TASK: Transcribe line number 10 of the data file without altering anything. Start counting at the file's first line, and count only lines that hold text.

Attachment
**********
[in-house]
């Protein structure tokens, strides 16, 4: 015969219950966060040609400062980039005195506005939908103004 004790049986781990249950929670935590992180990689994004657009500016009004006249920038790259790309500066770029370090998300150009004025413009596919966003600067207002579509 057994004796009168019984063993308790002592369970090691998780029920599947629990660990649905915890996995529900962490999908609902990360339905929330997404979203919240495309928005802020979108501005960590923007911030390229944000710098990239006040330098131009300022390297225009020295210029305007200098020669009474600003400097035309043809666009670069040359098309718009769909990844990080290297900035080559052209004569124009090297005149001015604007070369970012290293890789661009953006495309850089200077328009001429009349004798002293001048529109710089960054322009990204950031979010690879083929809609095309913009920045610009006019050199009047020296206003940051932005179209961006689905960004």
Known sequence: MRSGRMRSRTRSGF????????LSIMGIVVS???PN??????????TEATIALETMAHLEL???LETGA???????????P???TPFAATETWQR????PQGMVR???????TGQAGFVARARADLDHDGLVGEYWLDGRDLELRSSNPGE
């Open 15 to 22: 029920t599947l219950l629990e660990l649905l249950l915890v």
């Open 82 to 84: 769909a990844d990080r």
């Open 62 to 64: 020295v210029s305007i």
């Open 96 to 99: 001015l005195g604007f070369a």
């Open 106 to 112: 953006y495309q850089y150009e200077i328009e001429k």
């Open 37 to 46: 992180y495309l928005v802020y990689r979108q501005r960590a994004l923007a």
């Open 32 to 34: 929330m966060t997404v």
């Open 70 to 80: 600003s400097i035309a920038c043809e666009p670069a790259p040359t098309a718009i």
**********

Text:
């Open 32 to 34: 929330m966060t997404v």